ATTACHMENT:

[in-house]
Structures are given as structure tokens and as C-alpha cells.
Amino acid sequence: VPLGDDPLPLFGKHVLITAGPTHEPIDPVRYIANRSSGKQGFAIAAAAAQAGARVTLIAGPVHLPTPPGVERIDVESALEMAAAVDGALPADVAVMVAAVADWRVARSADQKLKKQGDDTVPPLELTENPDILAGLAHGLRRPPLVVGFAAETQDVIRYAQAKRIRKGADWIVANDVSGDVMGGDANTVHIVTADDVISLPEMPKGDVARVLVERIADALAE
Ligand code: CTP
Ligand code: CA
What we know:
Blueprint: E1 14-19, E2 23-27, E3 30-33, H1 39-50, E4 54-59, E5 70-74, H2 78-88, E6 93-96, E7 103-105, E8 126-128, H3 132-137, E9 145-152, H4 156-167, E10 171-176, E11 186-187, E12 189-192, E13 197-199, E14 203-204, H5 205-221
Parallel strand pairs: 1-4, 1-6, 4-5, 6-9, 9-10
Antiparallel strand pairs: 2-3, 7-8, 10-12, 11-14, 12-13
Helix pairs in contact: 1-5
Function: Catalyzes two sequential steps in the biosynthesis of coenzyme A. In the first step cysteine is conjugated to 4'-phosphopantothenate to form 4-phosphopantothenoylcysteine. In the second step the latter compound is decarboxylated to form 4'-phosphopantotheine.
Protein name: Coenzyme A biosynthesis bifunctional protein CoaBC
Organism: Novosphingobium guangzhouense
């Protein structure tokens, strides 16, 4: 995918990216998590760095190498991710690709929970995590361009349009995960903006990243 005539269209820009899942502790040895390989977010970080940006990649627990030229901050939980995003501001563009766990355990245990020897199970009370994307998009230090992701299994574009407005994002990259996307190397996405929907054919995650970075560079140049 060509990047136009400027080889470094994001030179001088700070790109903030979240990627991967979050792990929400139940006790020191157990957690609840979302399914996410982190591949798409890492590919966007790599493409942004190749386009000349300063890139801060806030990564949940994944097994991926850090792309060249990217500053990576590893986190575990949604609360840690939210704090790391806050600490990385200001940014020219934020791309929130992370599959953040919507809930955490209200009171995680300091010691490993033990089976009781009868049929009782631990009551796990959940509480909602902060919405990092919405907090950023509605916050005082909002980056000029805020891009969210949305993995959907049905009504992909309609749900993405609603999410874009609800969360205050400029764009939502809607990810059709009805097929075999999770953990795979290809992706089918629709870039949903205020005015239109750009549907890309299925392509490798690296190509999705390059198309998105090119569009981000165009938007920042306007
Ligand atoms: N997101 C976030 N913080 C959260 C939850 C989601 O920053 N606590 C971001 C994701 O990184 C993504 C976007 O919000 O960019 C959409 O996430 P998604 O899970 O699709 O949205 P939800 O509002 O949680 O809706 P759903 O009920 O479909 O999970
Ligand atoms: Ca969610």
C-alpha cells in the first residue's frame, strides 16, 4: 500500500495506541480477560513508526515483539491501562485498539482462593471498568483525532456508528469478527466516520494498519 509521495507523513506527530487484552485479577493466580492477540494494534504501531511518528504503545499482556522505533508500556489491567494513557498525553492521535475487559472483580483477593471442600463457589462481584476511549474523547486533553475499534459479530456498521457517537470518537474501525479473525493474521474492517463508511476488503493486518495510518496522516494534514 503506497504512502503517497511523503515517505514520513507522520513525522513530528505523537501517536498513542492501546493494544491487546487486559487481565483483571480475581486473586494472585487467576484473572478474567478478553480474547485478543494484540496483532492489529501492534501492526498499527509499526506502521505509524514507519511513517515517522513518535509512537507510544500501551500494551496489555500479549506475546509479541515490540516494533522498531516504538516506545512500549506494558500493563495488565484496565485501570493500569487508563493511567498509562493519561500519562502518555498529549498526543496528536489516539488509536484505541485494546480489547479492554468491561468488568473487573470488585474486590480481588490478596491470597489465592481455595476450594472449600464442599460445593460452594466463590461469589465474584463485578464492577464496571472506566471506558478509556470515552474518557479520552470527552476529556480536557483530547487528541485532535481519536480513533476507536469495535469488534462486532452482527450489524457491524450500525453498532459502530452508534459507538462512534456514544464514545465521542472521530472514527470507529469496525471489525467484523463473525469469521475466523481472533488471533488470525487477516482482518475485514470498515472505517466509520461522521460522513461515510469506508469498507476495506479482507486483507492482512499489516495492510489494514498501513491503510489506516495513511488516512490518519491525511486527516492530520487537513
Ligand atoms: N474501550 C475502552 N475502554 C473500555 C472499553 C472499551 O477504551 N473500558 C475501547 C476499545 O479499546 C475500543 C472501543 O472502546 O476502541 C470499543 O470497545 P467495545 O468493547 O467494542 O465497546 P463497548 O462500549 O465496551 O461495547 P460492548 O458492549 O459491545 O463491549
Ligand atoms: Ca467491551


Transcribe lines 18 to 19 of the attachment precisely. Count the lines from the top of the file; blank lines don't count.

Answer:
Ligand atoms: N474501550 C475502552 N475502554 C473500555 C472499553 C472499551 O477504551 N473500558 C475501547 C476499545 O479499546 C475500543 C472501543 O472502546 O476502541 C470499543 O470497545 P467495545 O468493547 O467494542 O465497546 P463497548 O462500549 O465496551 O461495547 P460492548 O458492549 O459491545 O463491549
Ligand atoms: Ca467491551